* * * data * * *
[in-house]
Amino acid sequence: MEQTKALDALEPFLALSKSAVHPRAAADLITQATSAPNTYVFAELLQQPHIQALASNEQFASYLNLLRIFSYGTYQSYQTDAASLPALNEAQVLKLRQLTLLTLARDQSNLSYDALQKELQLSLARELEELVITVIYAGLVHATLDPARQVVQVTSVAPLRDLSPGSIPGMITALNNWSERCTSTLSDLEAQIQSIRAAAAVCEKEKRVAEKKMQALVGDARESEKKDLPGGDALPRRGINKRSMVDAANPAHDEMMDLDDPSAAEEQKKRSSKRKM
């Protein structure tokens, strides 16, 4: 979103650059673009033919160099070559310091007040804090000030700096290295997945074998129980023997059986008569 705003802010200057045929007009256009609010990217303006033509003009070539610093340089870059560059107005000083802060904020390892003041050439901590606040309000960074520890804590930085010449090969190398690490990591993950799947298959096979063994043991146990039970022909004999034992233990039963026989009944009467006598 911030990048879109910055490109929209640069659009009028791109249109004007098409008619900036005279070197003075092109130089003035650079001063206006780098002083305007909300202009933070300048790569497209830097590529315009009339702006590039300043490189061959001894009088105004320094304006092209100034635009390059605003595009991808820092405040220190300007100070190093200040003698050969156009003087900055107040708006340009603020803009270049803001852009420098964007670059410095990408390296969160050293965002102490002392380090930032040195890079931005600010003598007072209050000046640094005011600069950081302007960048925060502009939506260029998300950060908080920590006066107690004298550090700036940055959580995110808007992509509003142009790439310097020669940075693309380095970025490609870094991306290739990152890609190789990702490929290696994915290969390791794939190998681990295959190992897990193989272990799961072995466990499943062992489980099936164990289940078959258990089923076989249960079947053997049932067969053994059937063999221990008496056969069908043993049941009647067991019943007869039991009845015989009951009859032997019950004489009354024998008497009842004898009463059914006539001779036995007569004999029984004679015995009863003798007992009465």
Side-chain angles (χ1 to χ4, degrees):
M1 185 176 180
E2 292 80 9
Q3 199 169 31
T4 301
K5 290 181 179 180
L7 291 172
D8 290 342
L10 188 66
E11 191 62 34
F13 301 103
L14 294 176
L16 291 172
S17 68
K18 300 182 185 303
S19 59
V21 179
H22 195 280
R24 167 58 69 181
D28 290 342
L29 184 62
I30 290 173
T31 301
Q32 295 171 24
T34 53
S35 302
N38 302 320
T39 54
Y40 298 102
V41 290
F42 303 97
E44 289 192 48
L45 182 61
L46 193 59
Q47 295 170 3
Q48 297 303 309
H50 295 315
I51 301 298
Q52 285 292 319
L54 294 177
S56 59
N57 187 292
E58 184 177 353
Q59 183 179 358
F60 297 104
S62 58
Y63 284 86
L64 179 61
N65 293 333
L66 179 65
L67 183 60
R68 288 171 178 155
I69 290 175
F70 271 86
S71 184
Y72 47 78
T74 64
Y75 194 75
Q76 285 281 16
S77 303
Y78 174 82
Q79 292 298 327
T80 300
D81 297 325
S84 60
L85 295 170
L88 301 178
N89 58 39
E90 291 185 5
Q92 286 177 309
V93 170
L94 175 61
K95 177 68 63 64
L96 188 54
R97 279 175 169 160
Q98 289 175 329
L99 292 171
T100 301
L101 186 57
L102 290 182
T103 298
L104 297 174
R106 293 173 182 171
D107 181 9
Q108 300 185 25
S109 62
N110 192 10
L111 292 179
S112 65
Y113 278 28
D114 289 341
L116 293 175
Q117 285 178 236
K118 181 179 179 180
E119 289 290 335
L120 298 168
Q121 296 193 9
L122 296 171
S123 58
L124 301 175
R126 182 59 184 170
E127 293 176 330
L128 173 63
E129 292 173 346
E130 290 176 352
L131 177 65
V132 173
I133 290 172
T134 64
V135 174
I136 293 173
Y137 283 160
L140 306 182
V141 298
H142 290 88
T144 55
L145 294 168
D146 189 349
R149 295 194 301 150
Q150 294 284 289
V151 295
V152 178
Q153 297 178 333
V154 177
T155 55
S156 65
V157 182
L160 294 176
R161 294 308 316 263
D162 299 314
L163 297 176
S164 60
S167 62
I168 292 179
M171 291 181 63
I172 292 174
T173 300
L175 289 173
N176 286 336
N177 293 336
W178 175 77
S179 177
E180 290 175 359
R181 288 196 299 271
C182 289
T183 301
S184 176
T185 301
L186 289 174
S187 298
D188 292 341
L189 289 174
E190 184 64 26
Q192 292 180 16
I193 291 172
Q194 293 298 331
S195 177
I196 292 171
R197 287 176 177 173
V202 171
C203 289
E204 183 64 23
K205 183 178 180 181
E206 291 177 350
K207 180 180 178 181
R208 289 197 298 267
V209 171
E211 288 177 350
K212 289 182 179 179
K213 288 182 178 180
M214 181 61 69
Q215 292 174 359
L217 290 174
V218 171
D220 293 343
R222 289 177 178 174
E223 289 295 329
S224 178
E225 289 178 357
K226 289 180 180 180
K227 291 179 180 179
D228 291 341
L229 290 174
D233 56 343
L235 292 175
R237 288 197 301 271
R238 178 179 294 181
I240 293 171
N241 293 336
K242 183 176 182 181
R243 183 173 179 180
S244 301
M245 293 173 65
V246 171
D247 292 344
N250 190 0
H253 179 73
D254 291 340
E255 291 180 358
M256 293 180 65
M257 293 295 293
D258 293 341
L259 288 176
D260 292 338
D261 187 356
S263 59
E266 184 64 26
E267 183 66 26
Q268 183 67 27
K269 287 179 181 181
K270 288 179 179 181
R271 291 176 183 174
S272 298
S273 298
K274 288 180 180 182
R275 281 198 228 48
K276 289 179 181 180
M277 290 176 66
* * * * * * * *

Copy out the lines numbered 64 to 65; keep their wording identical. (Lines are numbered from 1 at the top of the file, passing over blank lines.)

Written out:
Y78 174 82
Q79 292 298 327